▪ Limit use of jargon, technical terms, clichés.
▪ Proofread! Proofread! Proofread!
▪ If delivering good news, put the good news in the subject
▪ Start the e-mail message with the good news.
▪ If delivering bad news, do not put the bad news in the
▪ Start the e-mail with explanation or neutral information.
▪ Use proper grammar and punctuation.
▪ Do not use abbreviations.
▪ Answer messages within 24 hours.
▪ Follow company policy.
▪ Do not use company e-mail for personal messages.
▪ Do not just “forward” messages.
▪ Do not send messages when you are angry.
▪ End each e-mail message with contact information.
✓E.g., “If you have any questions, please contact [name] at [phone
number or e-mail address].”
▪ Also have a signature card at the end of each e-mail that states the
sender’s name, title, company name, address, phone number, etc.
✓Check Dr. Lajuan Davis’
e-mail signature card to
▪ “U. S. courts have established the right of companies to monitor
the electronic mail of an employee because they (companies) own
the facilities and intend them to be used for job-related
communication only” (p. 163).
▪ ECPA: Employers must provide a legitimate reason for monitoring
employees’ electronic communications.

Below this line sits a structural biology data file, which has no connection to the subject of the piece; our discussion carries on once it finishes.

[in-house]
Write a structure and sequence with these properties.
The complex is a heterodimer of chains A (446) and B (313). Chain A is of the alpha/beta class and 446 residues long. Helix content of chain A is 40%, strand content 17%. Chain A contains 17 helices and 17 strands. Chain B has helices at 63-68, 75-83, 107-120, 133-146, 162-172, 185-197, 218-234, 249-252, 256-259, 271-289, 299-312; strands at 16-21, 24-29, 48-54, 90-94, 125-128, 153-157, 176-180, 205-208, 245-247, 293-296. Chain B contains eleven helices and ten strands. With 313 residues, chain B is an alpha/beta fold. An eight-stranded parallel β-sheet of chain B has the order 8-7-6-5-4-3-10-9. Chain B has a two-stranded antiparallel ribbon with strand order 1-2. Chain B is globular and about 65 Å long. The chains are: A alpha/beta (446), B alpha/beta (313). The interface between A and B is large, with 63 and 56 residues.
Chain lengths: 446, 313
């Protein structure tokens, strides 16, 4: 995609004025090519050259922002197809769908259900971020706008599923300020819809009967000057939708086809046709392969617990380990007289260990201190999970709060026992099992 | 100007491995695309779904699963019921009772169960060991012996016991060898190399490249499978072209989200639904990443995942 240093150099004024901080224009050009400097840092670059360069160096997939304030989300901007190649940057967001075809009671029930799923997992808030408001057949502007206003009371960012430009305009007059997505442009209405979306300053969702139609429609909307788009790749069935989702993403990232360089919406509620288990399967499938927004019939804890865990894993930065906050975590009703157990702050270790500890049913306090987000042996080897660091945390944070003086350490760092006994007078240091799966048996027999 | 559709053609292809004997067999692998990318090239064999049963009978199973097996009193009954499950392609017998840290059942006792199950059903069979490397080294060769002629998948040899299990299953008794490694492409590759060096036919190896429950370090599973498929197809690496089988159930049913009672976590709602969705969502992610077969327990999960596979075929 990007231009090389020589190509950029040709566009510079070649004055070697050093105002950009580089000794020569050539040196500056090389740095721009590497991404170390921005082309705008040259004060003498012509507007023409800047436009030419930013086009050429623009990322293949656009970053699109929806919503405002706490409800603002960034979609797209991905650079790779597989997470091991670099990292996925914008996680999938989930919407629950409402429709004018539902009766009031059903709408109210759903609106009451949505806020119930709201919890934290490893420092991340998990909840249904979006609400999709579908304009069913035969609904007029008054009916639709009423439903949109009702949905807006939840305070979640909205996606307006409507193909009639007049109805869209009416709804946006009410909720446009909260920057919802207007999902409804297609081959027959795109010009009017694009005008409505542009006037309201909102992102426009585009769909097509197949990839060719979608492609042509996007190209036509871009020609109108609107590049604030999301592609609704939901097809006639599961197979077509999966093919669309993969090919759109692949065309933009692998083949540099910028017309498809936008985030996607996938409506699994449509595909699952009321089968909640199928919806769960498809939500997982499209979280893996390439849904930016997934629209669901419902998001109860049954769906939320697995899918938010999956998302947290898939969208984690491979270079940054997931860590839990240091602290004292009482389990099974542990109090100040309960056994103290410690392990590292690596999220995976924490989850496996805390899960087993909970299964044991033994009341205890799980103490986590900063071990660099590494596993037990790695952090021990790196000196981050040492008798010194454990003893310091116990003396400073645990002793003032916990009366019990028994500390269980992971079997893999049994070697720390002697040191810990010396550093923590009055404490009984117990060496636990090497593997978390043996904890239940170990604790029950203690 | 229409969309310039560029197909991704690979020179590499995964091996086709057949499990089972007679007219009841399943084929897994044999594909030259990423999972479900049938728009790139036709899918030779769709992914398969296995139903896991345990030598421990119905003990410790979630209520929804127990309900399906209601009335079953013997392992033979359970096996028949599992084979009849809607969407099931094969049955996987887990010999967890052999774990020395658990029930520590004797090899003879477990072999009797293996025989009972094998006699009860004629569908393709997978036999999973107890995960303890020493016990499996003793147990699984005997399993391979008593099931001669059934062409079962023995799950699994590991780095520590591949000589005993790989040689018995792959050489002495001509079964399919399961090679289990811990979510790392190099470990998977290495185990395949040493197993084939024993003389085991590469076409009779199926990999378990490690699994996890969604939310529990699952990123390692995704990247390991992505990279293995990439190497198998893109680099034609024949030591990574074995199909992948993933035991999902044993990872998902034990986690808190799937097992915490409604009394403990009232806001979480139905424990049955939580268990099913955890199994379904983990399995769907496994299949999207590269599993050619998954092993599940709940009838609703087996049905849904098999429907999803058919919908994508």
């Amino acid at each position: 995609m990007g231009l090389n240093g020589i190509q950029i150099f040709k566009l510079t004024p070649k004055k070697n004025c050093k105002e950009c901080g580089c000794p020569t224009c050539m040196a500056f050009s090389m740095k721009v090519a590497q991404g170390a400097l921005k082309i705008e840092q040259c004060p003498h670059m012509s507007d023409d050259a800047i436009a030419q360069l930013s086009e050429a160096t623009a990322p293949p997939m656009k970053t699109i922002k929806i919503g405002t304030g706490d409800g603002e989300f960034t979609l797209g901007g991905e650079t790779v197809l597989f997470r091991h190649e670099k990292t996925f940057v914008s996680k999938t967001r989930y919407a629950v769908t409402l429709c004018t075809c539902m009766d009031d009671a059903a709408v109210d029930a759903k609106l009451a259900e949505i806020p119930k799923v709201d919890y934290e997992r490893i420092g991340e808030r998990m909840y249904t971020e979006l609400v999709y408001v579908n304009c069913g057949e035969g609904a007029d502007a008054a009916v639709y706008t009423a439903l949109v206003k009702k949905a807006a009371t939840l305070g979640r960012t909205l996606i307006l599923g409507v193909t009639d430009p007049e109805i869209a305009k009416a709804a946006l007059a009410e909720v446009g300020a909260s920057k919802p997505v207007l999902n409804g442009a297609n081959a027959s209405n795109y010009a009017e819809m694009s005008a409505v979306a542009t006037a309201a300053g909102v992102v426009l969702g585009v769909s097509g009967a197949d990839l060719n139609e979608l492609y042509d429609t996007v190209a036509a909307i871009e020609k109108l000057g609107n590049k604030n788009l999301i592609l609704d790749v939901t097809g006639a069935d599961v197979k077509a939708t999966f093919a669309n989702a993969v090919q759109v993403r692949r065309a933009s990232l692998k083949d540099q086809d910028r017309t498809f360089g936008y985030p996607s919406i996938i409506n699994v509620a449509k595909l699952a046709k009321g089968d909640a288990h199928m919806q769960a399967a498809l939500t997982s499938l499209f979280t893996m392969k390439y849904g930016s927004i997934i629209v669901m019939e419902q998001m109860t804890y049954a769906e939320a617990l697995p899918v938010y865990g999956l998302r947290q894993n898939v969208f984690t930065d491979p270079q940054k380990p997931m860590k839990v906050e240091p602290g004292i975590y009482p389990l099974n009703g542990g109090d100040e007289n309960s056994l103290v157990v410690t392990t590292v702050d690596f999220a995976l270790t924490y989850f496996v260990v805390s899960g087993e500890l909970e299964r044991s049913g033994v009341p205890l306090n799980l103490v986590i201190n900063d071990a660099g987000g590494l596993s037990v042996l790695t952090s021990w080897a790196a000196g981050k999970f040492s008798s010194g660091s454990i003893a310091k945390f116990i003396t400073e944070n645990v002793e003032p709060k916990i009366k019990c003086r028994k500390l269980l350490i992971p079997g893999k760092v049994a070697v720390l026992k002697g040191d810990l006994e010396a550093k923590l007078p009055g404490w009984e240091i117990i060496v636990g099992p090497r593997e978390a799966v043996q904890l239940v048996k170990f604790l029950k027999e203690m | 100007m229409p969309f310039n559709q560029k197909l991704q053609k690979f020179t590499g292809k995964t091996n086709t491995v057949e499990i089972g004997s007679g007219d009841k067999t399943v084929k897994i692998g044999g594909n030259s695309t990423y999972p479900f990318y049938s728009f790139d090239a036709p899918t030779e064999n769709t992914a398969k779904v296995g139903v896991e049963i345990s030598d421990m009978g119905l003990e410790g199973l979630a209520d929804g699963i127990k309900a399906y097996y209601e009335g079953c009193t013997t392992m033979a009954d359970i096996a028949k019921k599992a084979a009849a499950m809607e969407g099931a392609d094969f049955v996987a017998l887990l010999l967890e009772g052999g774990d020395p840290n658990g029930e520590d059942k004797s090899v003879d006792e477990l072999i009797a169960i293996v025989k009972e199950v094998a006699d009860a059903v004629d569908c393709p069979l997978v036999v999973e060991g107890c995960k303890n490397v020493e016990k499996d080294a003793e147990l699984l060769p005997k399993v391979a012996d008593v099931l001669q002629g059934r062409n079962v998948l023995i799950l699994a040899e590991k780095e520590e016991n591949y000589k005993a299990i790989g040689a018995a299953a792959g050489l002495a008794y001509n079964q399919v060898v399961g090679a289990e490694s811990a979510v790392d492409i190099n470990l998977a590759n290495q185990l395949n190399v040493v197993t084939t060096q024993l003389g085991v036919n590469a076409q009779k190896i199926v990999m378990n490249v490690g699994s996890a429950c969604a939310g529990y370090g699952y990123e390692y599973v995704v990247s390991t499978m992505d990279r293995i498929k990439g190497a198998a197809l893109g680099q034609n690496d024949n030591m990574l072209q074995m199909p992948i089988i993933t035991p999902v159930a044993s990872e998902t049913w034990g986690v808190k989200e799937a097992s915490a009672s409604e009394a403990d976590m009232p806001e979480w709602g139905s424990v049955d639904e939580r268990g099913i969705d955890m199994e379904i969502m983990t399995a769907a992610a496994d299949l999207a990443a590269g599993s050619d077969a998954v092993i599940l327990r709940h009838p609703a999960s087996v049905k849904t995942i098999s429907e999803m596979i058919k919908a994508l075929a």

▪ Employee handbook policies; employees’ signatures
▪ Employees’ (written) notification (p. 164)
▪ Ultimately, “you” are responsible . . . .
▪ E-mail, text messages, etc. can be used
against you in a court of law.
▪ Employers use E-mail 95% of the time in daily business communication.
▪ “Sending e-mails to clients with errors in them: This is my biggest complaint.”
▪ “You’re not texting with your friends, you’re speaking with customers and
professionals and your e-mail has to represent that [fact].”
▪ “They (new hires) use a lot of slang [in e-mail].”
▪ “I think they (new hires) rely too much on technology . . . when we say to call,
they will e-mail them [clients].”
1. Read “Procedural Messages,” p.
2. Read chapter 5.
3. Read instruction sheet provided
4. Use checklist provided for writing
5. Upload finished documents
(guidelines and checklist) to
Student’s Name: _________________________
Checklist for Writing E-mail Guidelines
1. Check your content. Be sure that elements for writing electronically (Chapter 5) are
included as well as following the guidelines for writing procedural messages (p. 211).
2. Do your guidelines start at the “beginning” of writing an e-mail and then progress to
“ending” an e-mail message properly?
3. Do your guidelines provide clear examples/illustrations on how to write appropriate
subject lines [include addressing the 5 Ws, etc.], signature cards, and other elements
of message writing?
4. Have you addressed using e-mail etiquette in the guidelines?
5. Have you provided resources so that readers can obtain lists of clichés, technical
terms, abbreviations, or contractions that should not be used in writing messages?
Have you defined clichés, technical terms, and contractions for readers?
6. Have you given instructions for writers who want to create a message in MS Word so
that they have access to proofreading features?
7. Have you included the information that each writer should end an e-mail with contact
8. Have you given instructions on how to create a signature card the end of the e-mail
messages (e.g., in the e-mail program, click Settings > Options > E-mail Signature).
9. Did you include an APA citation, readability level, and team members’ names,
class/section number in a footer?